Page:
Professor Anne Osbourn has been awarded the 2023 Novozymes Prize for her pioneering work in helping to produce important drugs in greater volumes and improving the natural defence systems of plants.
The Prize awarded by the Novo Nordisk Foundation recognises outstanding research or technology contributions that benefit biotechnological science.
Professor Graham Moore, Director of the John Innes Centre says: “I am delighted that the innovative work and distinguished career of Anne Osbourn has been recognised with this prestigious award. It reflects Anne’s huge contribution to the exciting field of natural product biosynthesis, and in providing solutions for human medicine and plant health.”
Plants produce a wealth of useful natural products. These are often structurally complex, limited by difficulties in accessing source species and beyond the reach of chemical synthesis. The discovery – by Professor Osbourn – that plant genes for specialised pathways are organised like beads on a string has fuelled the finding of novel plant compounds and pathways.
“Plants produce more than 1 million compounds, but the genes are only known for around 50 complete pathways. Thus, our understanding of how these compounds are synthesised is highly fragmented. Our lab has developed a platform to characterise plant genes and engineer structurally diverse molecules so that we can investigate the relationship between structure and function,” explains Professor Osbourn, Deputy Director of the John Innes Centre and Honorary Professor at the University of East Anglia.
“We can basically unlock the chemistry of plants and the instruction manual encoded within the DNA of plant genomes to make not only known molecules and structural analogues but also entirely new-to-nature molecules, because we can mix and match from across the plant kingdom.”
The Osbourn group has characterised an extensive set of genes and enzymes for biosynthesis of triterpenes. One pathway on which they are working is for an immunostimulant, QS-21, which is a key component of vaccines for shingles, malaria and COVID-19. It is also used in vaccines being developed for ovarian cancer, Alzheimer’s disease, tuberculosis, and HIV. QS-21 is currently extracted from the bark of a tree that grows in Chile (the soapbark tree).
“There has been concern about the supply of this molecule and the sustainability of using the tree,” explains Professor Osbourn. “We are working on elucidating the entire pathway for QS-21, and we have a rapid way of putting those genes to work in a heterologous plant expression system, which means that we can go from expression constructs to making chemicals in five days. So that attracted the interests of big pharma.”
Bernard Henrissat, Chair of the Novozymes Prize Committee, says: “Anne Osbourn’s discovery that the genes for many of these pathways are organised in clusters in plant genomes has greatly accelerated the ability to find new pathways and chemistries and has opened unprecedented opportunities for genome mining for discoveries of medicinal but also agronomic importance.“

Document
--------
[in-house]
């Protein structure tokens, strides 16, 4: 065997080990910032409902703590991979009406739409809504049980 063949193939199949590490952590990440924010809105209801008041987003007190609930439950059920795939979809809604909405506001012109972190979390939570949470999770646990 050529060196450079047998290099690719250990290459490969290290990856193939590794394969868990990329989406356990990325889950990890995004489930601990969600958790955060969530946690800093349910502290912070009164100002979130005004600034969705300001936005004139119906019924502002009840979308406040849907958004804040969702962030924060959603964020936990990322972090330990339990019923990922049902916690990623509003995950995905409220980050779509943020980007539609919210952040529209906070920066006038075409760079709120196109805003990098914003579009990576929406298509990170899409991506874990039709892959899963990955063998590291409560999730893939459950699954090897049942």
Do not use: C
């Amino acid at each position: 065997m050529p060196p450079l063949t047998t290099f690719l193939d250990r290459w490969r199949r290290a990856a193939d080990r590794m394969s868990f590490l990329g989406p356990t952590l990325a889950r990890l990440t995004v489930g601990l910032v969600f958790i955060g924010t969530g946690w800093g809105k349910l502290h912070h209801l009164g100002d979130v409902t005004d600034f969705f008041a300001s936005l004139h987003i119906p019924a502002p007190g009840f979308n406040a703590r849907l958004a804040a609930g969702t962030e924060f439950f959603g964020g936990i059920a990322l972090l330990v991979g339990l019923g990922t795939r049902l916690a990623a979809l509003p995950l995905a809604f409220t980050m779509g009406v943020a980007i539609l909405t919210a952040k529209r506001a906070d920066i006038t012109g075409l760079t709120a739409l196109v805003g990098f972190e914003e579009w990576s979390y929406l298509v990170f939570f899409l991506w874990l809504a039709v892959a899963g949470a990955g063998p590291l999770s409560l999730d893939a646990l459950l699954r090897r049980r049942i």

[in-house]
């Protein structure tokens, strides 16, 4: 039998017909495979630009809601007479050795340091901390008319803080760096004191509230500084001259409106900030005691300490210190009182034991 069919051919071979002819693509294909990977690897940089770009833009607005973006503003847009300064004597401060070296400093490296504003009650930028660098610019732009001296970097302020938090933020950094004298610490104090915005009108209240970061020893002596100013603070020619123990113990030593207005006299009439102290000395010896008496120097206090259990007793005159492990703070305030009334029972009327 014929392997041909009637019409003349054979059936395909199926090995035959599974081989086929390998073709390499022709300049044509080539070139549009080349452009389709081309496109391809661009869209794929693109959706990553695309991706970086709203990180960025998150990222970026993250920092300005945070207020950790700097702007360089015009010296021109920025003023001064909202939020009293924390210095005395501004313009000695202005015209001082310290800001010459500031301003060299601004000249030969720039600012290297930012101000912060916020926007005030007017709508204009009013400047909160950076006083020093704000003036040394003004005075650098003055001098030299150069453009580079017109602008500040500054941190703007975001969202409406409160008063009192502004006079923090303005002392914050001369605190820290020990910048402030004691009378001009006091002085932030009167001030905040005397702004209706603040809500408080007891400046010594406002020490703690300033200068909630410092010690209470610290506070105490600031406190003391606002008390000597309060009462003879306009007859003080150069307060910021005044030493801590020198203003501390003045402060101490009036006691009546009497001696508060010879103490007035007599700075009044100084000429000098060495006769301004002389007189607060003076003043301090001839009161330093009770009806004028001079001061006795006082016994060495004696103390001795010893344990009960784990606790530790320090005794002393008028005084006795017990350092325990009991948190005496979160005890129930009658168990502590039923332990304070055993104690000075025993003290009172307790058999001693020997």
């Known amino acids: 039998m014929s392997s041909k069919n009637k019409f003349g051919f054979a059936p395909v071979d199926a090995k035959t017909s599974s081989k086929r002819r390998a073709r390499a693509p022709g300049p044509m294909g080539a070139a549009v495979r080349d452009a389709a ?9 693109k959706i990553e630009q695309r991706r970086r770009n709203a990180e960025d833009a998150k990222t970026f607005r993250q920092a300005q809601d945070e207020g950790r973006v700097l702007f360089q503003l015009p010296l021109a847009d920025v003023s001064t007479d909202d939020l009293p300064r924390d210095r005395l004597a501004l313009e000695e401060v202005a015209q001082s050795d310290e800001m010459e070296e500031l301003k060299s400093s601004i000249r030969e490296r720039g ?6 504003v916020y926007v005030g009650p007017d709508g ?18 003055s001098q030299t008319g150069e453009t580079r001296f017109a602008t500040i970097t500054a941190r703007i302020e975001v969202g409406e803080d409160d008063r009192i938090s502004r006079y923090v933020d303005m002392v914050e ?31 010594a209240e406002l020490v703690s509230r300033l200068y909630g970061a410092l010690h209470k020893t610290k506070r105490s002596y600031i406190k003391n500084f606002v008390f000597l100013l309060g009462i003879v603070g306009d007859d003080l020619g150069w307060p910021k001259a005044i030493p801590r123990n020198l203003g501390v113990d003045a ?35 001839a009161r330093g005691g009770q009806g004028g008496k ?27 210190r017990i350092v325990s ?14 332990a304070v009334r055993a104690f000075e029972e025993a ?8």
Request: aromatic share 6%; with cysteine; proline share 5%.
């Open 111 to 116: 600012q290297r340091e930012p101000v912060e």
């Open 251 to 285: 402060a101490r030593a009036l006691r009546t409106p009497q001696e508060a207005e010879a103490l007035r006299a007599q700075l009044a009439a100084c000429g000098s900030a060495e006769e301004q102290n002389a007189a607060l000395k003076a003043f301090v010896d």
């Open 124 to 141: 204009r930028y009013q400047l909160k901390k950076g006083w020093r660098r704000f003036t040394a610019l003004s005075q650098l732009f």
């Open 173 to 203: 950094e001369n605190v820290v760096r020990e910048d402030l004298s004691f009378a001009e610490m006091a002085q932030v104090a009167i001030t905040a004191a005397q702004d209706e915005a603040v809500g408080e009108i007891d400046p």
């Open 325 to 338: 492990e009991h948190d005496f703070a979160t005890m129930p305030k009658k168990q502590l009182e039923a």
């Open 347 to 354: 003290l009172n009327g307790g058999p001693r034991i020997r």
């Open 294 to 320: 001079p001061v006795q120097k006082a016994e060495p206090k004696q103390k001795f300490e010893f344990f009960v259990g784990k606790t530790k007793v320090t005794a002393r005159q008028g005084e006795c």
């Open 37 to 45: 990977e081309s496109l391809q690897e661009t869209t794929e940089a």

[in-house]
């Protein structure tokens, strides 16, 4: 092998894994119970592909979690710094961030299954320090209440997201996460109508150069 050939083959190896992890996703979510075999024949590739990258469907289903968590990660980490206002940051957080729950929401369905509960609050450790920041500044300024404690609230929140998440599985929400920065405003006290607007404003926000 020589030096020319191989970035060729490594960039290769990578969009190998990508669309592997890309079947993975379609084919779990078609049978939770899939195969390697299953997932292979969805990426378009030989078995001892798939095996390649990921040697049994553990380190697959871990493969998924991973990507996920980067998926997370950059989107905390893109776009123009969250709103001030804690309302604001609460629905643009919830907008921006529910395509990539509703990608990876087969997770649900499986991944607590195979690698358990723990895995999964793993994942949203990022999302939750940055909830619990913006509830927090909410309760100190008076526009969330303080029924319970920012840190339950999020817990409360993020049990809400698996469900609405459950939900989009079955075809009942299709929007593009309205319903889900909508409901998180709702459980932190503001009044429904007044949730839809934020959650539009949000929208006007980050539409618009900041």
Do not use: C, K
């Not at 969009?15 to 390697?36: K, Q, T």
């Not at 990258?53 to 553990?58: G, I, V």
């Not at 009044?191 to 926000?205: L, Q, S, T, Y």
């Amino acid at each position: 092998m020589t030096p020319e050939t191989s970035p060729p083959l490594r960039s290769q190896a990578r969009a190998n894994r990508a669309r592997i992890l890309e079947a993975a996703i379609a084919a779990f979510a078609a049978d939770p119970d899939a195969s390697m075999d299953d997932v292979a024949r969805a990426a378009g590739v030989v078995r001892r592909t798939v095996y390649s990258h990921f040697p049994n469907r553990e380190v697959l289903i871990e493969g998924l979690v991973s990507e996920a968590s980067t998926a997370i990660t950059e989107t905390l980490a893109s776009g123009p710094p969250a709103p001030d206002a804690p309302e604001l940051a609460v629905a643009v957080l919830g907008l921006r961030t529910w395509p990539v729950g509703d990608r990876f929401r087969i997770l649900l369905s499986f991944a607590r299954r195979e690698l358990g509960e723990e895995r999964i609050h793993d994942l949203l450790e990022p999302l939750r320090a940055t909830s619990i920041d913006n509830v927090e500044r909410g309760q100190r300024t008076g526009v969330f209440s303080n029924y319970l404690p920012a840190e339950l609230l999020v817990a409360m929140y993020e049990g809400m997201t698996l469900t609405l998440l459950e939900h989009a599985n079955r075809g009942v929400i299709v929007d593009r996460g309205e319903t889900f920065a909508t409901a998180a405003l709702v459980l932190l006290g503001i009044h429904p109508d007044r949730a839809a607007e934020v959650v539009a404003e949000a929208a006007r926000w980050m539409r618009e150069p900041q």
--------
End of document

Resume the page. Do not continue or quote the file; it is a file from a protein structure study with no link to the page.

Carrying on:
Science, poetry and communication
Professor Osbourn is a poet and from this she developed, and coordinates the Science, Art, and Writing (SAW) Initiative, a cross-curricular science education outreach programme. Bernard Henrissat, continues: “Anne has reached out in a unique and beautiful way to society by connecting her work to poetry and art.”
Her prize-winning poetry collection Mock Orange was published in 2021.
For Anne Osbourn, poetry and science communication are much more than sideshows to the science.
“I was always fascinated with the natural world, especially plants, but I also loved creative writing and English. But I could not do both of those as A-level in school, so I had to choose between these subjects and science. And my parents were both literary people. So, my sister and I both became scientists. I did a degree in botany, did a PhD in genetics, did a postdoc and became well established. But then I just felt that somehow something was missing.”
While looking at job ads in Nature, Anne stumbled on an advert from the National Endowment for Science, Technology and the Arts, whose mission was to promote creativity and innovation. A programme called Dream Time Fellowship caught her attention.
“I just said, I am going to go and write for a year, so I went on sabbatical for a year. It was a massive thing to do at that time. It would be more acceptable now, but there is still this view that if people are going off and doing communication or engagement in schools, they are wasting their time.”
For a while, Anne thought that she was going to become a full-time writer, but fortunately she insisted that her group continue running while she was on sabbatical, and she continued her scientific research for one day a week.
“We had a very productive year, partly because I was not there all the time. People made a great effort to do things so they could show them to me, and I gradually realised that these three strands – science, poetry and communication – were not fighting each other. They began to support each other.”
Anne will officially receive the Novozymes Prize at a prize ceremony in Bagsværd, Denmark on 21 April.
About the Novozymes Prize
The Novozymes Prize recognises outstanding research or technology contributions that benefit the development of biotechnological science for innovative solutions.
The Prize is awarded annually and is intended to further raise awareness of basic and applied biotechnology research.
The Prize is accompanied by DKK 5 million (€672,000) and comprises a DKK 4.5 million (€605,000) research grant and a personal award of DKK 0.5 million (€67,000).
The Foundation will award an additional DKK 0.5 million for hosting an international symposium within the recipient’s field(s) of research.